Young black girls are less affected by exercise than young white girls, a new study has found.
British researchers studied 1,100 girls ages 12 to 14 and saw that exercise had less of an effect in staving off obesity in black teenage girls than on white girls.
"Higher levels of physical activity were associated with lower risk of obesity among white girls but not among black girls," wrote study authors James White and Russell Jago, according to HealthDay News.
The researchers, from the UK's Cardiff University in Wales, said that they are unsure as to why there is a discrepancy.
"At present, we don't know whether these differences can be attributed to genetics," White said.
Some studies found that black teens are consuming more calories than white teen girls, which may be potential reasoning for why exercise has less of an effect. But, White said there may be other considerations.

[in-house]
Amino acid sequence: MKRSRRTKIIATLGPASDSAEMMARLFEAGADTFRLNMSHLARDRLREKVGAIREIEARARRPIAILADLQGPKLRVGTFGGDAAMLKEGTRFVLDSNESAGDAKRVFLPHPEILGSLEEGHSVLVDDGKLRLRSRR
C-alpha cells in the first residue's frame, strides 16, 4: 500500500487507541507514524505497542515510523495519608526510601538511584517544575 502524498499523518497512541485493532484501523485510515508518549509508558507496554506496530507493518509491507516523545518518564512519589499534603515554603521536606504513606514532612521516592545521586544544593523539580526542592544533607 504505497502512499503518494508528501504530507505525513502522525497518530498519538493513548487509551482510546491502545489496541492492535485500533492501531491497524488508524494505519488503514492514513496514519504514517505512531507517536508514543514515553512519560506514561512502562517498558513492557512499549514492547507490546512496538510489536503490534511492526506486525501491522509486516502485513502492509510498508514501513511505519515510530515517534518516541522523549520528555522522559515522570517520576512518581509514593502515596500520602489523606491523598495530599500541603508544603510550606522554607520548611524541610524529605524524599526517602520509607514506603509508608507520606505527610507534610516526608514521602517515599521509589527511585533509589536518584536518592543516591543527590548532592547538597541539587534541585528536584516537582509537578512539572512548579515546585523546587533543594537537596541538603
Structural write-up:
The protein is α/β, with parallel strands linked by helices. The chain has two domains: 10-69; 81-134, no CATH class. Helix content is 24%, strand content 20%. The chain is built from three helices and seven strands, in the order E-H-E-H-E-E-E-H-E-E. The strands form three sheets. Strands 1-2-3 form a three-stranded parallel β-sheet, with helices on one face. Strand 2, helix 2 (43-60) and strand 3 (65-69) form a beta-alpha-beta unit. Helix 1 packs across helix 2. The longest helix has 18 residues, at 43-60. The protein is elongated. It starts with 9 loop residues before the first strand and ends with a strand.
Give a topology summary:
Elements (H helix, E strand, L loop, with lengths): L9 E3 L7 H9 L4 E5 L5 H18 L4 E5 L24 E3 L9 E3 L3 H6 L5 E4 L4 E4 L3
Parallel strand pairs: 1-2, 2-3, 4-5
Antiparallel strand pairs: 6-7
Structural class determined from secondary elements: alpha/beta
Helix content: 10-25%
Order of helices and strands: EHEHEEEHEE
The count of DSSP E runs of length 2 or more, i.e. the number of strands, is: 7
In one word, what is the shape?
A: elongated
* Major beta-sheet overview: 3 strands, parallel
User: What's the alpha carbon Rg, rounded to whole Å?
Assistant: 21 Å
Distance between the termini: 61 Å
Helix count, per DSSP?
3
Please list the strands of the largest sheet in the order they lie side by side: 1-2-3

"These may be genetic, but we don't really know," White said.
Another expert said that lifestyle differences, and not just genetics, may be the reason, HealthDay News said.
The study comes amidst a growing rate of obesity among black teenage girls in the United States—putting them at higher risk of heart disease. According to a report by U.S. Department of Health and Human Services' Office of Minority Health, the percentage of high school students who were obese in 2009 was 12.6 percent for black girls—compared to the 6.2 percent for white girls.